The placing of planter boxes around Gore heralds a celebration of women gaining the right to vote 125 years ago.
Gore Historical Museum curator Stephanie Herring said September 19, 1893 was when women were granted the vote, and November 28, 1893 was the first polling day on which they had the right to cast their votes.
“They had two short months to get their name registered to vote in the election on the 28th of November,” she said.
New Zealand was the first country in the world to grant women the right to vote.
The six planter boxes were placed in the town centre.
As well as the planter boxes, the Gore Information Centre is also selling suffrage pins.
Ms Herring said the idea of having a floral tribute was inspired by another group that had a garden plot planted out in a theme in Main St.
She talked to council parks and reserves leading hand Vicki McKinnel, who suggested the planter boxes and worked to implement the idea.
Ms Herring paid tribute to the work of Mrs McKinnel and her team.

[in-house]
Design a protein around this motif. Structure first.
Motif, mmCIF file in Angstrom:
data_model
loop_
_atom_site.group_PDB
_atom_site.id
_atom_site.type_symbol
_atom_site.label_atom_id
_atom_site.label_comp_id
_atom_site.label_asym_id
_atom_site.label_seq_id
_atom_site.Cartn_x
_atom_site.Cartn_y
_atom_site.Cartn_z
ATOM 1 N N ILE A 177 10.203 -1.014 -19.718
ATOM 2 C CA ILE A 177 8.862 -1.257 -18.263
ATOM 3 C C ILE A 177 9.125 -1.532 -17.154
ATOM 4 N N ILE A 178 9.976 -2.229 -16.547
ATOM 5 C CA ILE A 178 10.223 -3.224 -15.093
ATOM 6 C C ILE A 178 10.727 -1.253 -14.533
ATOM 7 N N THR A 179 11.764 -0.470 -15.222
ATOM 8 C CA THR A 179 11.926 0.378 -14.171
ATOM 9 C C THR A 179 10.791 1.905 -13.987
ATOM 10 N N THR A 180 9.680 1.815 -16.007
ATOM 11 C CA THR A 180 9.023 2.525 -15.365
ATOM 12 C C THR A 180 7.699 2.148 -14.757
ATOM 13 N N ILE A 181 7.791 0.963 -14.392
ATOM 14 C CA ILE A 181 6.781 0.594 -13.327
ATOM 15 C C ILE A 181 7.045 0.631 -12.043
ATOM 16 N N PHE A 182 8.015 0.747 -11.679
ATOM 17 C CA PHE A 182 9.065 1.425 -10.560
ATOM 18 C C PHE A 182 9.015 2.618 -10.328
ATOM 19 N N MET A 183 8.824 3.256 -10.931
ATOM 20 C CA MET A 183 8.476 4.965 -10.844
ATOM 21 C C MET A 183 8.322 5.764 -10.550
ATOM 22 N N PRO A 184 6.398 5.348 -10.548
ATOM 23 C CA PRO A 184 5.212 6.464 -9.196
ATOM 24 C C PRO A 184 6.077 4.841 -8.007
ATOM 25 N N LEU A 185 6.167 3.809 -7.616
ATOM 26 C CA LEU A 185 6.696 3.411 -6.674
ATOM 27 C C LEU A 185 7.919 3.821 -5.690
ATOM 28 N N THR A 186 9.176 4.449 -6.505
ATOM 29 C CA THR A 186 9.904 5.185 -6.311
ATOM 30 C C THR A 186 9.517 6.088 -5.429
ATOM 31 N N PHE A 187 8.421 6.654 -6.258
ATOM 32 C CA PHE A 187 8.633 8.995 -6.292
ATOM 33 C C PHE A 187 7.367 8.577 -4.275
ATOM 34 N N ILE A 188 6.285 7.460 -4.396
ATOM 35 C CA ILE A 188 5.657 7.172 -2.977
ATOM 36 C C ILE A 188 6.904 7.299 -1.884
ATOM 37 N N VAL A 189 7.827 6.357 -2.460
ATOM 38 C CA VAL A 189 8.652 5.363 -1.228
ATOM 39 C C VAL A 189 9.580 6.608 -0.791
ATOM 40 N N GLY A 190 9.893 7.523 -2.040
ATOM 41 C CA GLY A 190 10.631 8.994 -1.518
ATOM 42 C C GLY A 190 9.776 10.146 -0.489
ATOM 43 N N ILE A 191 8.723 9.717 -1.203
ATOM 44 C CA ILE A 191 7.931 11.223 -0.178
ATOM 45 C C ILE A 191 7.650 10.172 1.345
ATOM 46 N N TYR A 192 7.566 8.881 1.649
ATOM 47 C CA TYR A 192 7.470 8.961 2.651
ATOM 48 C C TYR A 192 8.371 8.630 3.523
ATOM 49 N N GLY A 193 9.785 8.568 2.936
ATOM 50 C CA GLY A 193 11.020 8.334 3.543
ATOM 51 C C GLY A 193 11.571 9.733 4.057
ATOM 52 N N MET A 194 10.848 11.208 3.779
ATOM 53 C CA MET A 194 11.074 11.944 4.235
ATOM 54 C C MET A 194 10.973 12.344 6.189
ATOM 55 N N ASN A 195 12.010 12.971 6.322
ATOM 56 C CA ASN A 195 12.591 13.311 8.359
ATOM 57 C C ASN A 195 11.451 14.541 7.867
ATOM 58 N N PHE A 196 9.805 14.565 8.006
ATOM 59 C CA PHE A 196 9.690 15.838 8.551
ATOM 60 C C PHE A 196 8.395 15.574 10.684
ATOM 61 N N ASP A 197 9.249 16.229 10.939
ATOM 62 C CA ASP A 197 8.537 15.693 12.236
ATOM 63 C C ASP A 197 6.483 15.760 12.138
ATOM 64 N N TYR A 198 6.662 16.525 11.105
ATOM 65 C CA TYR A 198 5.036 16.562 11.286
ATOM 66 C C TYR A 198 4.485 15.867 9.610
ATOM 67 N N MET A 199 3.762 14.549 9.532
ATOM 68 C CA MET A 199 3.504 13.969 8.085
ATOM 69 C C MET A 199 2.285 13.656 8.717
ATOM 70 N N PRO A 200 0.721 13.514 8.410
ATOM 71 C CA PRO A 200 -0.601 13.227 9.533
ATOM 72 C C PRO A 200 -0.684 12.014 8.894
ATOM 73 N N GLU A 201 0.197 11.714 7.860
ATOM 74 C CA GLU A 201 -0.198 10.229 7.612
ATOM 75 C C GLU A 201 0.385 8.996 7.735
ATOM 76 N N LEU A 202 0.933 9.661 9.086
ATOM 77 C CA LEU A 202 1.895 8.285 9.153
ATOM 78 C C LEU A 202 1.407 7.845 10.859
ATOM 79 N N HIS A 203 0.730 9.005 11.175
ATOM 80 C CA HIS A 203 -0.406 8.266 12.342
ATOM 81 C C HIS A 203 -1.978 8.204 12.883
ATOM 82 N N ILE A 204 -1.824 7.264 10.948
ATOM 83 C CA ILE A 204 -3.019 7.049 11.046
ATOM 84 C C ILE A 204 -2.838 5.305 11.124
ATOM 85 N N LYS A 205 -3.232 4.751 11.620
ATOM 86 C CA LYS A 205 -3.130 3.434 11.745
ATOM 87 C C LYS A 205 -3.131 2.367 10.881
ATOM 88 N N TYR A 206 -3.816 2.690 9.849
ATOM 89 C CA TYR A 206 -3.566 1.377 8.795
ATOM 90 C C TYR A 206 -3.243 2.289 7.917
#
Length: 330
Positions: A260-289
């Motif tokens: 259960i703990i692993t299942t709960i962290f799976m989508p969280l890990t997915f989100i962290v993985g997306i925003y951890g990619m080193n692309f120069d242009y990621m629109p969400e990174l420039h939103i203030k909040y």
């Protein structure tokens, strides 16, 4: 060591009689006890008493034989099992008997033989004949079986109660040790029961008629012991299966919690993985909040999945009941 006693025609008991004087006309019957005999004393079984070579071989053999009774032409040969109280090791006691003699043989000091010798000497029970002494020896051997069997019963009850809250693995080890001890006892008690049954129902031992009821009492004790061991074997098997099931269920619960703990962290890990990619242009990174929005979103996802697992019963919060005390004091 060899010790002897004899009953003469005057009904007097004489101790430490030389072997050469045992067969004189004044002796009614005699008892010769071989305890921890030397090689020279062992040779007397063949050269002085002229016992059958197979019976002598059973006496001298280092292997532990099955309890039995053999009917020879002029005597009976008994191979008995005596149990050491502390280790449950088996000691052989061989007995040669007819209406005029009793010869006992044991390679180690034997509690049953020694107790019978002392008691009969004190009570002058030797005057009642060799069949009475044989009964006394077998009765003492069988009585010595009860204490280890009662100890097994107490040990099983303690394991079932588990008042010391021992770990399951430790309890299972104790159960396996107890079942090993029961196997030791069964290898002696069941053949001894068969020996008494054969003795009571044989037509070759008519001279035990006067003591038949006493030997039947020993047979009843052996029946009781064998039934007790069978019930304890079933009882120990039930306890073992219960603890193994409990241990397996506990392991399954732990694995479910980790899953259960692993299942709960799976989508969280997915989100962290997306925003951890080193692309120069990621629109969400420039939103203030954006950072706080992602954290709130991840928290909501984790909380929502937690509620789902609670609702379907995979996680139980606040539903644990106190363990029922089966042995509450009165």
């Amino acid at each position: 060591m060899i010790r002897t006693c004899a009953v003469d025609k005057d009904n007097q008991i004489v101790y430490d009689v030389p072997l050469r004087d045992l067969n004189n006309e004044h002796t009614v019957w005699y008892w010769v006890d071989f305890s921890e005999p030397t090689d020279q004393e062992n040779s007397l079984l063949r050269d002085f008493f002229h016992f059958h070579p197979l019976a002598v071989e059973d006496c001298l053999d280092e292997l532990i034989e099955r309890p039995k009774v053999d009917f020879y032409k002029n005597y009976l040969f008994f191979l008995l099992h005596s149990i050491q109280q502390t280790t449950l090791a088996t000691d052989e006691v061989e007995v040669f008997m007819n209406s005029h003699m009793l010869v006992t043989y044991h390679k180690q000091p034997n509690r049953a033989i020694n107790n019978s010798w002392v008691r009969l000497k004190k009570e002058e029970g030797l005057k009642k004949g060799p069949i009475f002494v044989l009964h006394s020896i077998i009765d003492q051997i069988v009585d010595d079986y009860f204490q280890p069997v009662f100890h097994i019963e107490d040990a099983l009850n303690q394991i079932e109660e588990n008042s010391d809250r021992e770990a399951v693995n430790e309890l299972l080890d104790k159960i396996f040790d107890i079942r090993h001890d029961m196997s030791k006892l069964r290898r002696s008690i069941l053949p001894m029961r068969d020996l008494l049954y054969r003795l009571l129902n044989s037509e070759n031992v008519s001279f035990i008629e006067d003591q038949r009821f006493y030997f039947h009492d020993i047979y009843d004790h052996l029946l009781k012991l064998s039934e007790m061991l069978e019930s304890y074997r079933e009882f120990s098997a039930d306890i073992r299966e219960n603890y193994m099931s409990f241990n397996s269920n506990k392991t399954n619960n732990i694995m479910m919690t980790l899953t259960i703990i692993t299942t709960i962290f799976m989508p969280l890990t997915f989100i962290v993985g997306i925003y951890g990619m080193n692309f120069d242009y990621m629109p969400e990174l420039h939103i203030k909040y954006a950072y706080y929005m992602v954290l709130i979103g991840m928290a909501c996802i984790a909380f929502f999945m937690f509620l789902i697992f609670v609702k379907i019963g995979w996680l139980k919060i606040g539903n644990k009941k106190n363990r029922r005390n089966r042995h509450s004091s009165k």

The Gore Historical Society, the parks and reserves department, and the Gore Garden Club contributed to the planter box project, she said.
The plots are a tribute to the women of the Gore district.
Gore District Council parks and reserves manager Ian Soper said the council was very pleased with how the planters looked now they were on site.
“The plants are coming on really well and we look forward to some ongoing colourful displays throughout the coming spring and summer,” Mr Soper said.
“It’s been really pleasing to see the reserve staff buy-in [to] this project and it’s great for them to be able to support such initiatives,” he said.
“We’re keen to work with other community groups in the future where we can profile appropriate causes.”